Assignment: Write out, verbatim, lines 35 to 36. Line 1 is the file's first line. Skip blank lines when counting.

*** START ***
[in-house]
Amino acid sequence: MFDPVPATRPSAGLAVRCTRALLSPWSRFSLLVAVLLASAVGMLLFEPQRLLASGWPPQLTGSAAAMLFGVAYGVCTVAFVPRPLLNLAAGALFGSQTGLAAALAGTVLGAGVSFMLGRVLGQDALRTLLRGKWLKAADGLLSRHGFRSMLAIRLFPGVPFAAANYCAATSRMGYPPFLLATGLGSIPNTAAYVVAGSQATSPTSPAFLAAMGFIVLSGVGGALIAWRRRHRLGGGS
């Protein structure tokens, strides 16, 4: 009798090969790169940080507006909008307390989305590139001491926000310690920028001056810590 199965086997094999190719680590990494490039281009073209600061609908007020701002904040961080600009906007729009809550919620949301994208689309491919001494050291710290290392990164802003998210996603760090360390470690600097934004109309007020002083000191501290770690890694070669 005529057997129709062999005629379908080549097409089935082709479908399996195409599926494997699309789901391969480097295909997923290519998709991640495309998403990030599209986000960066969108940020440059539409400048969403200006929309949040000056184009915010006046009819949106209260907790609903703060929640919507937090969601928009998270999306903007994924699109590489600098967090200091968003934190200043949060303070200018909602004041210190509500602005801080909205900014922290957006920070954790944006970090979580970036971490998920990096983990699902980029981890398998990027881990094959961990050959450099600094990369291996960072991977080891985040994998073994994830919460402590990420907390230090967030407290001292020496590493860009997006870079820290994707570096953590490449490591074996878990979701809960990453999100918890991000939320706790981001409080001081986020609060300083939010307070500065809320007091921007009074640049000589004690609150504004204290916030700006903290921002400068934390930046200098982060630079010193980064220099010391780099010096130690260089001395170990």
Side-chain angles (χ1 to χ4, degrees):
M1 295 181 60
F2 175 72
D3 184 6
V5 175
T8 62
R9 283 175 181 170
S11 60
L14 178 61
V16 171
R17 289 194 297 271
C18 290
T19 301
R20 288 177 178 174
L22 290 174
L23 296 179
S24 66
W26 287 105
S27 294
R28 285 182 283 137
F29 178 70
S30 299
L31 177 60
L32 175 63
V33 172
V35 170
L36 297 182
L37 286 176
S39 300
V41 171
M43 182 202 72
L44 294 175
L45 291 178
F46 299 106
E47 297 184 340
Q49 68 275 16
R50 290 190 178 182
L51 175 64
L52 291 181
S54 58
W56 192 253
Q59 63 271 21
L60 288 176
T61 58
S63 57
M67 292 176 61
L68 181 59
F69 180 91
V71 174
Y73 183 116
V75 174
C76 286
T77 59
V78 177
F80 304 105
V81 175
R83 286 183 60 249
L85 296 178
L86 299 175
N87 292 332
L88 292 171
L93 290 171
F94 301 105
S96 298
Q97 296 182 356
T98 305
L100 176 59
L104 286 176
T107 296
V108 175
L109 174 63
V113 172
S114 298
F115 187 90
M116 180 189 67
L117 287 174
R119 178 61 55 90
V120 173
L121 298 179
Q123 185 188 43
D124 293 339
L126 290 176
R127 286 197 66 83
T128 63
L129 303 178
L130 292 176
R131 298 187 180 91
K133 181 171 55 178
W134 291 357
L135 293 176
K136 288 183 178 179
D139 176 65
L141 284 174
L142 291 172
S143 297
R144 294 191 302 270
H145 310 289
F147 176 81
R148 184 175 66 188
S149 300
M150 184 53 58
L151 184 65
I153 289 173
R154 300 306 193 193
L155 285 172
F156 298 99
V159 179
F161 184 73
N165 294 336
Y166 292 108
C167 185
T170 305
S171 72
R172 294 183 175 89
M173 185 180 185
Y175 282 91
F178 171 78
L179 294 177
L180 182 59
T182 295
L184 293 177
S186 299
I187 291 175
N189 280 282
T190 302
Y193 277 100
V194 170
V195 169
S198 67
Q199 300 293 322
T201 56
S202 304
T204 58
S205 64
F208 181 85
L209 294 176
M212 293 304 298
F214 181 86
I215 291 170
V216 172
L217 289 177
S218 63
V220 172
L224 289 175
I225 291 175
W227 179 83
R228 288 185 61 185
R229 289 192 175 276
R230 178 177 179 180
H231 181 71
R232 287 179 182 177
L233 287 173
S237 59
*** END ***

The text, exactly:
L44 294 175
L45 291 178